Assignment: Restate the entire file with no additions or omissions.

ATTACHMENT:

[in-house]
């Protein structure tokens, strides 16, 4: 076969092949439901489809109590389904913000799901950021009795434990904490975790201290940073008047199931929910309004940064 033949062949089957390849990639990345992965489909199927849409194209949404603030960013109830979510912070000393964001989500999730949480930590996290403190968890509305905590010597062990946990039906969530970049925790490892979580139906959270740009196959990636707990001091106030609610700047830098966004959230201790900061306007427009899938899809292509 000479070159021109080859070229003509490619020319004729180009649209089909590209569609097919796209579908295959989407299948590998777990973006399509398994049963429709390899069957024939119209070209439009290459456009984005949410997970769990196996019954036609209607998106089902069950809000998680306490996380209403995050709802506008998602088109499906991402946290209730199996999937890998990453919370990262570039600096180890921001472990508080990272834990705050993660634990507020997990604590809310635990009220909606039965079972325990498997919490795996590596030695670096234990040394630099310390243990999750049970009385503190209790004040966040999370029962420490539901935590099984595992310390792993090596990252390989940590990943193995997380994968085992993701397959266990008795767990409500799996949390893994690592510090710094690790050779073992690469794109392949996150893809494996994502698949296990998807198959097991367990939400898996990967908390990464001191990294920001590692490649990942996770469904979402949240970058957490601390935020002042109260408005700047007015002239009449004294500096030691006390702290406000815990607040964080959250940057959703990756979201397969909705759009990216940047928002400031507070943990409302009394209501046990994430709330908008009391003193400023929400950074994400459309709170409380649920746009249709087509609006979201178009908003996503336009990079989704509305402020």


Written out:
[in-house]
């Protein structure tokens, strides 16, 4: 076969092949439901489809109590389904913000799901950021009795434990904490975790201290940073008047199931929910309004940064 033949062949089957390849990639990345992965489909199927849409194209949404603030960013109830979510912070000393964001989500999730949480930590996290403190968890509305905590010597062990946990039906969530970049925790490892979580139906959270740009196959990636707990001091106030609610700047830098966004959230201790900061306007427009899938899809292509 000479070159021109080859070229003509490619020319004729180009649209089909590209569609097919796209579908295959989407299948590998777990973006399509398994049963429709390899069957024939119209070209439009290459456009984005949410997970769990196996019954036609209607998106089902069950809000998680306490996380209403995050709802506008998602088109499906991402946290209730199996999937890998990453919370990262570039600096180890921001472990508080990272834990705050993660634990507020997990604590809310635990009220909606039965079972325990498997919490795996590596030695670096234990040394630099310390243990999750049970009385503190209790004040966040999370029962420490539901935590099984595992310390792993090596990252390989940590990943193995997380994968085992993701397959266990008795767990409500799996949390893994690592510090710094690790050779073992690469794109392949996150893809494996994502698949296990998807198959097991367990939400898996990967908390990464001191990294920001590692490649990942996770469904979402949240970058957490601390935020002042109260408005700047007015002239009449004294500096030691006390702290406000815990607040964080959250940057959703990756979201397969909705759009990216940047928002400031507070943990409302009394209501046990994430709330908008009391003193400023929400950074994400459309709170409380649920746009249709087509609006979201178009908003996503336009990079989704509305402020």